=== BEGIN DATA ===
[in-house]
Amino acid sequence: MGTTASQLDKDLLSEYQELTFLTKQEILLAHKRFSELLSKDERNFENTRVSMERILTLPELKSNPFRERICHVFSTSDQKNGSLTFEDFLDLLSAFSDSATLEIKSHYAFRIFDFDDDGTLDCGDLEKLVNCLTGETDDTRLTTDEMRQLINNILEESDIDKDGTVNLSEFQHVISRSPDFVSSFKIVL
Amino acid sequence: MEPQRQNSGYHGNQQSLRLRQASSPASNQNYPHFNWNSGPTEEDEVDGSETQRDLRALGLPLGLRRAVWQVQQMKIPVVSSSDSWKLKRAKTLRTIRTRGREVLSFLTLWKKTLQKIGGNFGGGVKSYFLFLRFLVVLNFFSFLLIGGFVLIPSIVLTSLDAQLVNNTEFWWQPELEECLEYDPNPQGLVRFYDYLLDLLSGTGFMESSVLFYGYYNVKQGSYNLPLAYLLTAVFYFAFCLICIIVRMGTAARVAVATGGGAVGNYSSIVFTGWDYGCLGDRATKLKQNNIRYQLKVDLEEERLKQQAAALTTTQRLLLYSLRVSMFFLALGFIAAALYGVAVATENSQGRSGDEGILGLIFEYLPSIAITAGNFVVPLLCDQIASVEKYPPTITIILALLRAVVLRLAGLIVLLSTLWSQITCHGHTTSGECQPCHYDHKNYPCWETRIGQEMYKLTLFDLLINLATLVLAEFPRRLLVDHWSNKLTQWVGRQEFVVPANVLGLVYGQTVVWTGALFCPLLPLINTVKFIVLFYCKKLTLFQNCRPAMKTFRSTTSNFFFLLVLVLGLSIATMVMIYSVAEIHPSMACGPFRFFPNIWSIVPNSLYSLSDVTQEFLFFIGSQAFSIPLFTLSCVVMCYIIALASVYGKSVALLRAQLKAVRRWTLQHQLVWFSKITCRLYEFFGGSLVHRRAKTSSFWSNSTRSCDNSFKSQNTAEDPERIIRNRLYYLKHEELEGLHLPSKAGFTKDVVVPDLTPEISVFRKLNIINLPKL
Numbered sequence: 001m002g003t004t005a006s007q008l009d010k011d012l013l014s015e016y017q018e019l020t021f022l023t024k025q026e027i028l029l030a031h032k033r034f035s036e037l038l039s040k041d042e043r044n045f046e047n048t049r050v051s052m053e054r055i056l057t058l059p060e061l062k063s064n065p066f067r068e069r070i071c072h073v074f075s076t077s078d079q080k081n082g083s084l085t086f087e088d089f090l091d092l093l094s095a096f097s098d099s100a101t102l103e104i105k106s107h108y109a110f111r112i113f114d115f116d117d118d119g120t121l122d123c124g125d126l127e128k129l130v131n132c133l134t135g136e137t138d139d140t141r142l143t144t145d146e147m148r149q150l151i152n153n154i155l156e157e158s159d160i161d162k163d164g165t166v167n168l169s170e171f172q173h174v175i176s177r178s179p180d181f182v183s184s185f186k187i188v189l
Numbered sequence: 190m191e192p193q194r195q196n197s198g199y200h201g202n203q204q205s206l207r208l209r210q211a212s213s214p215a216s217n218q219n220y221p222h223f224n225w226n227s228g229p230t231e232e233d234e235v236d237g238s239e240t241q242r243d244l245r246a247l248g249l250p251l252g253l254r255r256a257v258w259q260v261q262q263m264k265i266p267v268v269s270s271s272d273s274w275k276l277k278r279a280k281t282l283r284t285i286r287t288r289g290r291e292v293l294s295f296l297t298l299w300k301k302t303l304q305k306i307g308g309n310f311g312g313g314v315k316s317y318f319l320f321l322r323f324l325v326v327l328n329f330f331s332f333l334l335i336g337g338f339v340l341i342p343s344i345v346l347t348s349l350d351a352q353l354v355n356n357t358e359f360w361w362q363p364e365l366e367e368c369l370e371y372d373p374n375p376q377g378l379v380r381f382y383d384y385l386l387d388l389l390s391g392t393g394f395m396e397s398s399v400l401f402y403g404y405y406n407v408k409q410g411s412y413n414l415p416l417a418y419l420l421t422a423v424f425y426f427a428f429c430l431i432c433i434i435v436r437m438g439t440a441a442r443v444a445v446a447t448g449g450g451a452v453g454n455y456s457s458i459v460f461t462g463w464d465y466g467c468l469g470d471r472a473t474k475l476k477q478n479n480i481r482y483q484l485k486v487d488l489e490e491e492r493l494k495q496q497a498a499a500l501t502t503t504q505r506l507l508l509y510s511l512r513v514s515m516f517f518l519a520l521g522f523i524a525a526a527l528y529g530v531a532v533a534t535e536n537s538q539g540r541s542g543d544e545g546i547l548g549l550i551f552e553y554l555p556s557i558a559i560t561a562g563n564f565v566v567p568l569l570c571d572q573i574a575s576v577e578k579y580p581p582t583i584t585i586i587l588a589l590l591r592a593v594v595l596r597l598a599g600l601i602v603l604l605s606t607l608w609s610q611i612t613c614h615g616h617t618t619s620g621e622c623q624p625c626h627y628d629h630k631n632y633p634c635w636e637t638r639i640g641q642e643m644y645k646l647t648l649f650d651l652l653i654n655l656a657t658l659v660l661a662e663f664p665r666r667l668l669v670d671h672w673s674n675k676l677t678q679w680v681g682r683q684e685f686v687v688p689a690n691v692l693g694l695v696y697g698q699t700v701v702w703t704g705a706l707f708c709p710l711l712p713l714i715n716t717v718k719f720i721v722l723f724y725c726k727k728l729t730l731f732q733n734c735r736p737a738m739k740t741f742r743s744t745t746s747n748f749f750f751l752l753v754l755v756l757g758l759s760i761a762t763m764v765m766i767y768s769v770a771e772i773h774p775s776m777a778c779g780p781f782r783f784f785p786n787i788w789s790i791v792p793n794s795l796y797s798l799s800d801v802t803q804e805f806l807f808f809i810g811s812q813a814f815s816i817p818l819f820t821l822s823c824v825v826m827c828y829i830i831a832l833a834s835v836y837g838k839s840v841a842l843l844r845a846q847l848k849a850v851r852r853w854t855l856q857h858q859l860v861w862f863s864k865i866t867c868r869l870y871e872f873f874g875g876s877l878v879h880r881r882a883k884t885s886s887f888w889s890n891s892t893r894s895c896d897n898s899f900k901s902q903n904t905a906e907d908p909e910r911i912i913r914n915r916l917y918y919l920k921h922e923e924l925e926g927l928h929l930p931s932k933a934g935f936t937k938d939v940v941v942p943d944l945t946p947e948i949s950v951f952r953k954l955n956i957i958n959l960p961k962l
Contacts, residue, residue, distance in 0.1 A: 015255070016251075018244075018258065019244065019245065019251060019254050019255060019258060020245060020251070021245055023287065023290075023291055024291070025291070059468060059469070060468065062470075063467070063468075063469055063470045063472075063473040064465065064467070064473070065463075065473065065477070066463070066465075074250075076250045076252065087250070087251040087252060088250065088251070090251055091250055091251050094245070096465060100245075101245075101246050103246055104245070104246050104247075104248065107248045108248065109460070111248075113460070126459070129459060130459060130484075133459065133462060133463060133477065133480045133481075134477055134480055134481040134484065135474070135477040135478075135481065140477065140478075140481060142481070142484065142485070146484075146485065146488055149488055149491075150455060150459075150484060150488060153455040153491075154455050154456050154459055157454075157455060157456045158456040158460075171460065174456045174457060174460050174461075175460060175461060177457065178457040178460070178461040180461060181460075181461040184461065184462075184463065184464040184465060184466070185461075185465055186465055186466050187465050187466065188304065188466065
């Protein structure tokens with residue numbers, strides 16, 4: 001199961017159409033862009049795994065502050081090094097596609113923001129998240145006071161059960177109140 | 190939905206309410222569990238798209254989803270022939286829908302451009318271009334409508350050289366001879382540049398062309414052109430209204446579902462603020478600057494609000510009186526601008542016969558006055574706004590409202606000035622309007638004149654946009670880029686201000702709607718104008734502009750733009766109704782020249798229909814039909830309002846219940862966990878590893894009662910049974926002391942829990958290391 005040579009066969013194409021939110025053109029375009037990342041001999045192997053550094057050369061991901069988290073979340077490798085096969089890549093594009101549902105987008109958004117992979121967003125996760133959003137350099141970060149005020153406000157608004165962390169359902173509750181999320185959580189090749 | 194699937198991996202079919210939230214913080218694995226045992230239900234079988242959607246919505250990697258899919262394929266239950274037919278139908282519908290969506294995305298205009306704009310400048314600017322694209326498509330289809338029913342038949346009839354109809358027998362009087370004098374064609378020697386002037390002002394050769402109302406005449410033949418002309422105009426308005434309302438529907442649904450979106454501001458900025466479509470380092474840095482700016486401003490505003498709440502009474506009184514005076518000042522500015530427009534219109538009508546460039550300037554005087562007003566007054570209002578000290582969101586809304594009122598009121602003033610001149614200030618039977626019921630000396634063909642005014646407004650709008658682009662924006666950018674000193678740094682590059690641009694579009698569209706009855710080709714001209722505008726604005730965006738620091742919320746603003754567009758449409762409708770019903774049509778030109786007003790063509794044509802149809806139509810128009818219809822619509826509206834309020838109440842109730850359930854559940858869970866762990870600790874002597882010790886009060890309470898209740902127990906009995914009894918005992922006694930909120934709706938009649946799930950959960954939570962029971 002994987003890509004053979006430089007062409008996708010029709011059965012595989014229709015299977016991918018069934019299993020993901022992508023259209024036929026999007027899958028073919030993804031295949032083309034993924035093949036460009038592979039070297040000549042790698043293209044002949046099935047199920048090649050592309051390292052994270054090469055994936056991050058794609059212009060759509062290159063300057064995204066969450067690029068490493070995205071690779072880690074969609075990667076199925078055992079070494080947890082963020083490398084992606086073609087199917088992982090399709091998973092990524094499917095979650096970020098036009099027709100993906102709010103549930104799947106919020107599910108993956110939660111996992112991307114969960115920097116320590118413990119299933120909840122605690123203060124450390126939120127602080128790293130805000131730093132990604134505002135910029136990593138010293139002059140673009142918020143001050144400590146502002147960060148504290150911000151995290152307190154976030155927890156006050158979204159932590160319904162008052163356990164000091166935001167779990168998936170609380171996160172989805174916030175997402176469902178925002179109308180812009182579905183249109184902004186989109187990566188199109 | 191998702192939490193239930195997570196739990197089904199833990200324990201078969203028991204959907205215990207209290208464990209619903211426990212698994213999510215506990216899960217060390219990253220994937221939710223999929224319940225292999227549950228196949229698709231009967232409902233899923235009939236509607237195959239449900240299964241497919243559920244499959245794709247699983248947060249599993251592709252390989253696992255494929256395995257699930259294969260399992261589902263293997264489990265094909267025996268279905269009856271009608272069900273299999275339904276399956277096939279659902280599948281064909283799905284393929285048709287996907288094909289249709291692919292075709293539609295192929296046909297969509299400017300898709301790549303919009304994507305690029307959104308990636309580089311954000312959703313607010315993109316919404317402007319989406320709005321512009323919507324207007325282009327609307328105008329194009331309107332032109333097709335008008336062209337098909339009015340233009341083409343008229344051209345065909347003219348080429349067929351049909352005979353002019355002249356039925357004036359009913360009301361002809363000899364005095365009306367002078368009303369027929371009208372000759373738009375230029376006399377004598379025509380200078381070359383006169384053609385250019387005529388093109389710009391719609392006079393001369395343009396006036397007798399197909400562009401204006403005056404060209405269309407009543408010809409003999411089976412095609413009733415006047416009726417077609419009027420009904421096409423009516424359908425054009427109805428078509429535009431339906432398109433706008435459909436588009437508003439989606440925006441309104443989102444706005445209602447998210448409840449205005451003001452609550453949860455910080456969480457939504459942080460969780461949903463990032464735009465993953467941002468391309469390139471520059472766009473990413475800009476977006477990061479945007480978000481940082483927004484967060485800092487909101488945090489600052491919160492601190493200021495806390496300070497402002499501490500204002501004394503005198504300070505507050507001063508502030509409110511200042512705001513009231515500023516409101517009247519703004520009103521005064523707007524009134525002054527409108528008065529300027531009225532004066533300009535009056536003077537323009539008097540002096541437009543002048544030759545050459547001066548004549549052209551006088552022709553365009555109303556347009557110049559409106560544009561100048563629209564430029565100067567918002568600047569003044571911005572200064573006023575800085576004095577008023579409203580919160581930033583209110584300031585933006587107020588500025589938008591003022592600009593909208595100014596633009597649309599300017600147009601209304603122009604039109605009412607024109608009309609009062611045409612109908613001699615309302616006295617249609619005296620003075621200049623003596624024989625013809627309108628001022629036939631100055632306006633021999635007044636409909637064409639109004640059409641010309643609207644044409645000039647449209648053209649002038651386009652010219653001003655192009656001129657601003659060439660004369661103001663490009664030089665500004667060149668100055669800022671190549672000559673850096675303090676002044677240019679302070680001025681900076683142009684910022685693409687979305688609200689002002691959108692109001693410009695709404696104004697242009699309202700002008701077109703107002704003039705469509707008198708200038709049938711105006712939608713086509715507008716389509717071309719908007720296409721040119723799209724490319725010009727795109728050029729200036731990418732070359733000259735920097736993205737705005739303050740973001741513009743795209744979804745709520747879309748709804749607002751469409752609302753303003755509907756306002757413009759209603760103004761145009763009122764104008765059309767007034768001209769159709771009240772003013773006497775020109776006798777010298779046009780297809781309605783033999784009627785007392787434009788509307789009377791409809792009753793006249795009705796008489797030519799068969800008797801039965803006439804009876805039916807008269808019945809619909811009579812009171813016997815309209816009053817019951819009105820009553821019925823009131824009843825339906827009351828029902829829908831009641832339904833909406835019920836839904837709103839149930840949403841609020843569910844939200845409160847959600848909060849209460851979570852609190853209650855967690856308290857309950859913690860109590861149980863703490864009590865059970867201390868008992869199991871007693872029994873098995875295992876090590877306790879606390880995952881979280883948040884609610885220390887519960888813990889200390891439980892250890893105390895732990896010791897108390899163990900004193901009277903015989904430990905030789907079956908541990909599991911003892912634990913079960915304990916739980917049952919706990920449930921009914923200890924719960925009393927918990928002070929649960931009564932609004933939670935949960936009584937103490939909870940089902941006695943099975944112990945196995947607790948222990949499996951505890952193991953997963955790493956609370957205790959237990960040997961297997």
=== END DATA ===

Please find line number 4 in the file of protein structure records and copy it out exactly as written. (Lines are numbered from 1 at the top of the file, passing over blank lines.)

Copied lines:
Numbered sequence: 001m002g003t004t005a006s007q008l009d010k011d012l013l014s015e016y017q018e019l020t021f022l023t024k025q026e027i028l029l030a031h032k033r034f035s036e037l038l039s040k041d042e043r044n045f046e047n048t049r050v051s052m053e054r055i056l057t058l059p060e061l062k063s064n065p066f067r068e069r070i071c072h073v074f075s076t077s078d079q080k081n082g083s084l085t086f087e088d089f090l091d092l093l094s095a096f097s098d099s100a101t102l103e104i105k106s107h108y109a110f111r112i113f114d115f116d117d118d119g120t121l122d123c124g125d126l127e128k129l130v131n132c133l134t135g136e137t138d139d140t141r142l143t144t145d146e147m148r149q150l151i152n153n154i155l156e157e158s159d160i161d162k163d164g165t166v167n168l169s170e171f172q173h174v175i176s177r178s179p180d181f182v183s184s185f186k187i188v189l